State media reported on Thursday that Iran’s cybersecurity authority acknowledged cyberattacks on two unnamed governmental departments.

The state-owned IRAN daily newspaper revealed that the cyberattacks took place on Tuesday and Wednesday respectively.

Iranian authorities are investigating the attacks that were defined as important.

Other governmental departments temporarily took down their online operation as a precaution measure.

Iran’s cybersecurity authority did not attribute the attack to a specific threat actor

This isn’t the first time that Irans‘ authorities claim to have been targeted by cyber attacks. In December 2019, the Iran telecommunications minister announced for two times in a week to have foiled a cyber attack against its infrastructure.

At the time, the Iranian minister Mohammad Javad Azari-Jahromi confirmed that the attack was neutralized by the national cyber shield, it also added that the attack was launched by the China-linked APT27 group seeking for gathering intelligence its country.

In October 2019, Iran announced it was fearing retaliation from Western countries that are accusing it to carry out physical and cyber attacks against their infrastructure and countries in the Middle East.

At the time, Iran’s oil ministry said that the Government of Washington has launched a full-scale economic war” against the Islamic Republic in retaliation for the shooting down of a US drone as well as attacks on oil tankers that the US has blamed Iran.

Tensions between Tehran and Washington have escalated since 2018 when President Trump reimposed sanctions on Iran. The situation went out of control after a US drone strike killed top Iranian general Qasem Soleimani in January.

The order to kill Soleimani was issued by President Trump that said Soleimani was planning an “imminent” attack on US personnel in Baghdad.

In January, the U.S. Department of Homeland Security (DHS) has issued warnings about the possibility of cyber-attacks launched by Iran-linked threat actors. The attacks could be the response of Teheran after Maj. Gen. Qassim Suleimani was killed by a U.S. drone airstrike at the Baghdad airport in Iraq.

Pierluigi Paganini

(SecurityAffairs – hacking, Iran)

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Crooks hit Puerto Rico Firefighting Department Servers

Puerto Rico’s firefighting department discloses a security breach, hackers breached its database and demanded $600,000.

Puerto Rico’s firefighting department discloses a security breach, hackers breached its database and demanded a $600,000 ransom.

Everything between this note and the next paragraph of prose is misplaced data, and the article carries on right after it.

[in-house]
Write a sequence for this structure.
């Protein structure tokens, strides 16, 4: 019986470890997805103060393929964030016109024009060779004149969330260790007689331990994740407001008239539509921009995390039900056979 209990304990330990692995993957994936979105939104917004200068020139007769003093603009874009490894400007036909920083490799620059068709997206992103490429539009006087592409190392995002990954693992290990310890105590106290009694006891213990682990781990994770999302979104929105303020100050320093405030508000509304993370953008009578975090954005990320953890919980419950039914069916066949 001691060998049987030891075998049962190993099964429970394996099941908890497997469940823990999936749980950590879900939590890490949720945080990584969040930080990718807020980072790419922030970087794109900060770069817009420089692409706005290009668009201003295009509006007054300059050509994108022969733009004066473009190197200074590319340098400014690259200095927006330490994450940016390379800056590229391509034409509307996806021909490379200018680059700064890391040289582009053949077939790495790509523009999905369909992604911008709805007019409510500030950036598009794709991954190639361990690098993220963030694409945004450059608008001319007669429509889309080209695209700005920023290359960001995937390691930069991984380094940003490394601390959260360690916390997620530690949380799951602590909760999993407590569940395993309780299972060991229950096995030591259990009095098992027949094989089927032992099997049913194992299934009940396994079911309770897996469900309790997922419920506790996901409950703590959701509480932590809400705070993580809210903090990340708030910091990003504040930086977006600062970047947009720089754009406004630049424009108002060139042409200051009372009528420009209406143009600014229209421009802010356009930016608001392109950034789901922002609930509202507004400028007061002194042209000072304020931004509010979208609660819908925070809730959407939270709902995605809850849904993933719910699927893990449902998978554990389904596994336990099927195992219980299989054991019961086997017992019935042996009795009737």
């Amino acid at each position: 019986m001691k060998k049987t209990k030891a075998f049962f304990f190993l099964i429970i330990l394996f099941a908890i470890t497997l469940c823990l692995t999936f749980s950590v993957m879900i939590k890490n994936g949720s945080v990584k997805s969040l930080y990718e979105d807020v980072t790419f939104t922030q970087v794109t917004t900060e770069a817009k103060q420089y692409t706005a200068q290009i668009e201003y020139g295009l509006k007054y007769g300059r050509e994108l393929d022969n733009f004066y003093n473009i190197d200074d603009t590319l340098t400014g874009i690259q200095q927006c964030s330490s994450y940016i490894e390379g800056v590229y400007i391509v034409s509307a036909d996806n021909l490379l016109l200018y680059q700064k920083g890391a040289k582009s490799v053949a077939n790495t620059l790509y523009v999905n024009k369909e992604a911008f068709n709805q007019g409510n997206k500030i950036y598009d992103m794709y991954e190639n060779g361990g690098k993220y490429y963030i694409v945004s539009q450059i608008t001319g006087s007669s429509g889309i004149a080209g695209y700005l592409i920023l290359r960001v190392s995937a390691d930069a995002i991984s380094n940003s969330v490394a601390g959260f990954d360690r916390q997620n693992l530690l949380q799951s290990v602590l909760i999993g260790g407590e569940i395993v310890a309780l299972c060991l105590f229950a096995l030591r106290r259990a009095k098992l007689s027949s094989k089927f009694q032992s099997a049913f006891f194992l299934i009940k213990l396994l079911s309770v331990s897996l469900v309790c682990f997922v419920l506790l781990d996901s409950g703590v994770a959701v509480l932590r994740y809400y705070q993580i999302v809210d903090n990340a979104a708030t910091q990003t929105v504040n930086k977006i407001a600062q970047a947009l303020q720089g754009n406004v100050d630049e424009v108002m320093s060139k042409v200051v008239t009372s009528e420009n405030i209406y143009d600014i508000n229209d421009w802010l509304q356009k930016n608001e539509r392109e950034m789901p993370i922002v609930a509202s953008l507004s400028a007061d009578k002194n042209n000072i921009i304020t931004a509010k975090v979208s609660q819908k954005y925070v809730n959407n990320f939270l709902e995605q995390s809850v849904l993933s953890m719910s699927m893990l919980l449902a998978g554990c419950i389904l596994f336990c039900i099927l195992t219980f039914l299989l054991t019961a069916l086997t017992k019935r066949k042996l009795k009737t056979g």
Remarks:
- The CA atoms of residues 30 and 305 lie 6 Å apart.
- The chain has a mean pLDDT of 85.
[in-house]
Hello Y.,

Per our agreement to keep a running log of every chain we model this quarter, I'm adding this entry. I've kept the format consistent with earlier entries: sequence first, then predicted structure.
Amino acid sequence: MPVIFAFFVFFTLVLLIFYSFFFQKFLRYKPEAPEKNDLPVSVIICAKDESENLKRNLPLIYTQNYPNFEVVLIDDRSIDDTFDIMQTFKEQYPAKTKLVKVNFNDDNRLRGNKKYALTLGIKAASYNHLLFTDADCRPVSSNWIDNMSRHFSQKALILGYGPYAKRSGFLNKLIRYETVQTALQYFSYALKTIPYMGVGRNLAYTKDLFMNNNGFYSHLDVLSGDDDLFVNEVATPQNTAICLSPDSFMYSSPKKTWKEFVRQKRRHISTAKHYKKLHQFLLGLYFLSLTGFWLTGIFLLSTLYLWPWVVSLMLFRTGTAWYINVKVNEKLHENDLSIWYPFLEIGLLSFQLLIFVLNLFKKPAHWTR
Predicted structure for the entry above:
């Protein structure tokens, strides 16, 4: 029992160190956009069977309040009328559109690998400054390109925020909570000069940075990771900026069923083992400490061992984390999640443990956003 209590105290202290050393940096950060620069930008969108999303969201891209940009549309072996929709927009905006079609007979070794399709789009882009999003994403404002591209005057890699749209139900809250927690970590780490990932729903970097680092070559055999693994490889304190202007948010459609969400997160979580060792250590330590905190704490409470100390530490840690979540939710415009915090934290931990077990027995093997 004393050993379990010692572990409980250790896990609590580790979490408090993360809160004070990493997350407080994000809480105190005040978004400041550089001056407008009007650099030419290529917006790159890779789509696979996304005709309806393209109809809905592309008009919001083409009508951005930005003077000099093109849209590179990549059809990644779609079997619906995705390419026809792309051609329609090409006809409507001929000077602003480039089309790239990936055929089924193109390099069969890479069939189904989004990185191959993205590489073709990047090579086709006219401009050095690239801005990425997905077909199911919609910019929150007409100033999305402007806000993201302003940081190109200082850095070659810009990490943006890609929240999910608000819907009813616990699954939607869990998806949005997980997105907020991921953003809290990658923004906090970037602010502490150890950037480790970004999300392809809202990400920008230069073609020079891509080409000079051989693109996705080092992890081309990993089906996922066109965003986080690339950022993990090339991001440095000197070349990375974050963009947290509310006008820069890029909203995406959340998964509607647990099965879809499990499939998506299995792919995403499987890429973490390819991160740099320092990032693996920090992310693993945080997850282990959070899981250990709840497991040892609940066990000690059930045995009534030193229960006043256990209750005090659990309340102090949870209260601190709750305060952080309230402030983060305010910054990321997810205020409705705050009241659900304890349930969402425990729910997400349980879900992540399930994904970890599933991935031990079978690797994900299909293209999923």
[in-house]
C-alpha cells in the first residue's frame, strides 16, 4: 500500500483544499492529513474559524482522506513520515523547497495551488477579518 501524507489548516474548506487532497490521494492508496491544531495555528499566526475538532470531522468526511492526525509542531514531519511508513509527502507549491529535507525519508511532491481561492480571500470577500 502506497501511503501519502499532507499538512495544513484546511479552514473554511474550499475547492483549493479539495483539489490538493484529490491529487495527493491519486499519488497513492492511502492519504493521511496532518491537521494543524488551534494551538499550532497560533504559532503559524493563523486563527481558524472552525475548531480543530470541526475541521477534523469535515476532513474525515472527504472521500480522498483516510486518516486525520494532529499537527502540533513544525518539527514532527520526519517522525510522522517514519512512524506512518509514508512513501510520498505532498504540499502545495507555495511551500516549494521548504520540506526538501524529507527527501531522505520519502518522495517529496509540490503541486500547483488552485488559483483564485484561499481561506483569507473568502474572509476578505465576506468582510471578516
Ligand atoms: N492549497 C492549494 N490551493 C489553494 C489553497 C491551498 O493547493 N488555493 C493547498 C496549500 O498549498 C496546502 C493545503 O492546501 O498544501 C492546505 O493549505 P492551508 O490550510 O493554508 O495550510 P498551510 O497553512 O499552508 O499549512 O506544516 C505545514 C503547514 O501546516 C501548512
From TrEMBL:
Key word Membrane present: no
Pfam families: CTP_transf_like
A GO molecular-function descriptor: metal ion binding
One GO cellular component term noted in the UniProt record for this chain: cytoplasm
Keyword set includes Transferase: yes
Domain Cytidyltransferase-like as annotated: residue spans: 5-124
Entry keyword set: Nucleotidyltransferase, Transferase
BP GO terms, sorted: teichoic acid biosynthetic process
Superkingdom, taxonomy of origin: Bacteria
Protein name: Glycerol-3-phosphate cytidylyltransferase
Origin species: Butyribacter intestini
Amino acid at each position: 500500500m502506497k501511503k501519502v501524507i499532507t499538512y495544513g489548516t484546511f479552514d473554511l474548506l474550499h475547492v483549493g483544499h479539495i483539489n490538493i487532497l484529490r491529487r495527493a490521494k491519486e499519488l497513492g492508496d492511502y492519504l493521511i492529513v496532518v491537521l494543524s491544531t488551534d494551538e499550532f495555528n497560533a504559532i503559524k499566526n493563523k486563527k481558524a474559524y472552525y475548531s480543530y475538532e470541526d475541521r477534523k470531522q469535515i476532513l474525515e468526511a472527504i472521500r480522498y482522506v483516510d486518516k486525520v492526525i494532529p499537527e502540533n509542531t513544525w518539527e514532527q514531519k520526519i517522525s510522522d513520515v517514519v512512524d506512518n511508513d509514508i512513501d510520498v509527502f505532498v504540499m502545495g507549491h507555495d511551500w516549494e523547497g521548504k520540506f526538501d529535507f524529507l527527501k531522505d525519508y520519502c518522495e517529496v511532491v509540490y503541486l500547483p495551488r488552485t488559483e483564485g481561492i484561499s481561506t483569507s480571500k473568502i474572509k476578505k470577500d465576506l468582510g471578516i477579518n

According to the department’s director, Alberto Cruz, the ability of the department to respond to emergencies was not impacted by the attack.

The department received an email from the threat actors that notifies it that they had encrypted its servers and demanded the payment of a ransom to release them.

Local police launched an investigation into the incident, while the department decided to don’t pay the ransom.

“The department contacted police and have not paid the money, officials said. The investigation is ongoing.” reported the Associated Press.

Pierluigi Paganini

(SecurityAffairs – hacking, Puerto Rico’s firefighting department)

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Breach at Dickey’s BBQ Smokes 3M Cards

One of the digital underground’s most popular stores for peddling stolen credit card information began selling a batch of more than three million new card records this week. KrebsOnSecurity has learned the data was stolen in a lengthy data breach at more than 100 Dickey’s Barbeque Restaurant locations around the country.

An ad on the popular carding site Joker’s Stash for “BlazingSun,” which fraud experts have traced back to a card breach at Dickey’s BBQ.

On Monday, the carding bazaar Joker’s Stash debuted “BlazingSun,” a new batch of more than three million stolen card records, advertising “valid rates” of between 90-100 percent. This is typically an indicator that the breached merchant is either unaware of the compromise or has only just begun responding to it.

Multiple companies that track the sale in stolen payment card data say they have confirmed with card-issuing financial institutions that the accounts for sale in the BlazingSun batch have one common theme: All were used at various Dickey’s BBQ locations over the past 13-15 months.

KrebsOnSecurity first contacted Dallas-based Dickey’s on Oct. 13. Today, the company shared a statement saying it was aware of a possible payment card security incident at some of its eateries:

“We received a report indicating that a payment card security incident may have occurred. We are taking this incident very seriously and immediately initiated our response protocol and an investigation is underway. We are currently focused on determining the locations affected and time frames involved. We are utilizing the experience of third parties who have helped other restaurants address similar issues and also working with the FBI and payment card networks. We understand that payment card network rules generally provide that individuals who timely report unauthorized charges to the bank that issued their card are not responsible for those charges.”

The confirmations came from Miami-based Q6 Cyber and Gemini Advisory in New York City.

Q6Cyber CEO Eli Dominitz said the breach appears to extend from May 2019 through September 2020.

“The financial institutions we’ve been working with have already seen a significant amount of fraud related to these cards,” Dominitz said.

Gemini says its data indicated some 156 Dickey’s locations across 30 states likely had payment systems compromised by card-stealing malware, with the highest exposure in California and Arizona. Gemini puts the exposure window between July 2019 and August 2020.

“Low-and-slow” aptly describes the card breach at Dickie’s, which persisted for at least 13 months.